Northern Ireland power-sharing hangs in the balance after Poots resigns
- Credit: PA
Concerns are quickly rising over the future of power-sharing in Northern Ireland after DUP leader Edwin Poots stepped down after just 21 days in the role. He becomes the shortest serving leader in the history of the party.
He resigned after an internal revolt against him began over a deal he agreed with Sinn Féin and the British government about Irish language legislation. The deal allowed Sinn Féin to resurrect the previously halted Stormont executive and led to Poots formally nominating his protégé Paul Givan as first minister.
In an announcement he said “I have asked the party chairman to commence an electoral process within the party to allow for a new leader of the Democratic Unionist Party to be elected.”
He added: “The party has asked me to remain in post until my successor is elected. This has been a difficult period for the party and the country and I have conveyed to the chairman my determination to do everything I can to ensure both unionism and Northern Ireland is able to move forward to a stronger place.”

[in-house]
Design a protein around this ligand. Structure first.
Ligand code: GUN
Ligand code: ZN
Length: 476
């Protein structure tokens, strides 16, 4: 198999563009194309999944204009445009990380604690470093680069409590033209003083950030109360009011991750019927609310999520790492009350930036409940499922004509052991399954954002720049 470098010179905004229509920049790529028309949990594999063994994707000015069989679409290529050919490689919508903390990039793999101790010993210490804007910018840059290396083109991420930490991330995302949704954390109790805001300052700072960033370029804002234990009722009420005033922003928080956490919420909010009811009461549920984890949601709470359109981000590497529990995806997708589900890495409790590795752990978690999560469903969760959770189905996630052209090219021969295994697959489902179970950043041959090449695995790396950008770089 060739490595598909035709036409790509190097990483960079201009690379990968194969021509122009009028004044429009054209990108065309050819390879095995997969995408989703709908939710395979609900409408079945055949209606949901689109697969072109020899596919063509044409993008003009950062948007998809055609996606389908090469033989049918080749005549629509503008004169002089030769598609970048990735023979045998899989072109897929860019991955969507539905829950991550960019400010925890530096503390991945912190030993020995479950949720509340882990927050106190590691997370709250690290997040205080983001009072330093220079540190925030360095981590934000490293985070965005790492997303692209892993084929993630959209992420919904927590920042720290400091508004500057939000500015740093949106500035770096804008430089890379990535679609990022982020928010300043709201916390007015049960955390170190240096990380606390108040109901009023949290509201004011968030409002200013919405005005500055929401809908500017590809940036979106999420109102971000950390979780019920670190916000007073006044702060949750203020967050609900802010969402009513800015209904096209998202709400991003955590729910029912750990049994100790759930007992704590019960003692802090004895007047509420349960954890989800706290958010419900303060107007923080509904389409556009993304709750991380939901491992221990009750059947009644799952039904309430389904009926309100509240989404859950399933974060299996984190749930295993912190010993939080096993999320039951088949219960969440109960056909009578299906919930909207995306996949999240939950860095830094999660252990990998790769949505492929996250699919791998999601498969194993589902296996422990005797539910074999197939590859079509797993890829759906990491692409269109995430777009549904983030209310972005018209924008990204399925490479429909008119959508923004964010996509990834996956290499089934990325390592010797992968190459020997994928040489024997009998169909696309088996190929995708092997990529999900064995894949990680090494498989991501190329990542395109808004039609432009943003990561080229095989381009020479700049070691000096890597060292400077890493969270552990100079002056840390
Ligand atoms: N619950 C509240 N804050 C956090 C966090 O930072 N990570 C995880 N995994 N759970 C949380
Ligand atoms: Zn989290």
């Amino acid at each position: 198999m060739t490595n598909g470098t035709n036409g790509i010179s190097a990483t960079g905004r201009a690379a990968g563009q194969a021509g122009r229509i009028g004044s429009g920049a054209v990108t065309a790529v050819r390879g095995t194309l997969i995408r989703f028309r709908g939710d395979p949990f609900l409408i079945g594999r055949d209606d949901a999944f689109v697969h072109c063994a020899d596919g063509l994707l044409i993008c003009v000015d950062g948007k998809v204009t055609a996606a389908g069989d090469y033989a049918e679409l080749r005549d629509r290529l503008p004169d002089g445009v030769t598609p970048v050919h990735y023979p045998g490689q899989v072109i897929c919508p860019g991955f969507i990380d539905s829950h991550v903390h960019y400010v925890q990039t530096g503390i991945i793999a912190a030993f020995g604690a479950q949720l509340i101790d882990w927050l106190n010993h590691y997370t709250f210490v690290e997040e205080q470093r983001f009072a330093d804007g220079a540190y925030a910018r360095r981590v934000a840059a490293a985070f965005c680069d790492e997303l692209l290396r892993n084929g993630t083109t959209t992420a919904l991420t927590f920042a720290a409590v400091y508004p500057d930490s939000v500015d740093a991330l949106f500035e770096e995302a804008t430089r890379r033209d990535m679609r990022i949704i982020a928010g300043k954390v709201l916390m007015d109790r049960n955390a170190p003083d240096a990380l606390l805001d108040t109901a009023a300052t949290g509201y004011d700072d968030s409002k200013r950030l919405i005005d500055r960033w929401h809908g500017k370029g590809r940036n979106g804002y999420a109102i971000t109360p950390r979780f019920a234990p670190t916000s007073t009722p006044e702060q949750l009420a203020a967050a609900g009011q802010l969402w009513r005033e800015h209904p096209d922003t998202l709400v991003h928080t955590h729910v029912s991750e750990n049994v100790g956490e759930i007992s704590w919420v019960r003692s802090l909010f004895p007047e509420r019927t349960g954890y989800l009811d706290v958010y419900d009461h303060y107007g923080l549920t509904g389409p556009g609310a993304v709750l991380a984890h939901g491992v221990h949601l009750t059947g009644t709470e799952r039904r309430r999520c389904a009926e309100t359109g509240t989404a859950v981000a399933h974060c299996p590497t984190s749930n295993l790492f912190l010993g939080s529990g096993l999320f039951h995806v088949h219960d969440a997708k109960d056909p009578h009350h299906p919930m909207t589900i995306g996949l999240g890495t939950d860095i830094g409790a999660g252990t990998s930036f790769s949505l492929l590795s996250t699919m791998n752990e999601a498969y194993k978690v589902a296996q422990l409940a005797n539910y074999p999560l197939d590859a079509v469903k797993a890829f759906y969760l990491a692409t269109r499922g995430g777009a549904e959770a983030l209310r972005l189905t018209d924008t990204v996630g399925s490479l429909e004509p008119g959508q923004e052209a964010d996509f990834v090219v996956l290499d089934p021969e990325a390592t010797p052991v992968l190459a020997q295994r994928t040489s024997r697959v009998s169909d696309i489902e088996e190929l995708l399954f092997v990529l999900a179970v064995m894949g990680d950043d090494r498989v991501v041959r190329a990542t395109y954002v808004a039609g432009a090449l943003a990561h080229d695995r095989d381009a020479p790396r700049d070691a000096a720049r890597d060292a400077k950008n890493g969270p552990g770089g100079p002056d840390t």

A meeting of DUP party officers was held in Belfast on Thursday following the news that a revolt may be underway to oust Poots, with the potential facing a vote of no confidence. This meeting has been described as “bedlam”.
Conservatives have also expressed their anger at the party, calling the DUP “dinosaurs” amidst the crisis. One MP told the MailOnline that “the DUP don't have a strategy apart from how best to put people off voting unionist”.
Sir Jeffrey Donaldson, Lagan Valley MP who narrowly lost out to Poots in the race to replace Arlene Foster, is the current favourite to step into Poots’ shoes. He has the support of Foster’s old guard and could win over the Paisleyite Free Presbyterian base that previously backed Poots. However, critics say he has a tense relationship with Givan. Sammy Wilson, MP for East Antrim has also emerged as a potential candidate.
Poots’ successor inherits a party that remains bitterly divided, both on ideology and policy. The party’s critics say that their continuous failings led to the post-Brexit Northern Ireland protocol and the Irish Sea border.
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The Stormont assembly could continue until the next scheduled election in May 2022 as Givan may be left in place by the party. But, as the DUP’s catastrophe continues to leak into the assembly and executive, an early election is said to be likely.
In the event of this, recent polling suggests that the DUP will drastically lose votes to Traditional Unionist Voice, the Ulster Unionist party and Alliance. But, Sinn Fein now emerges the most popular party, both in Northern Ireland and the republic, and could pick up the most votes from the DUP, with a current 9% lead over the party. Meanwhile, under Poots the DUP dropped to just 16%.
This all unfolds just days before the 100th anniversary of the opening of the first Northern Ireland assembly.
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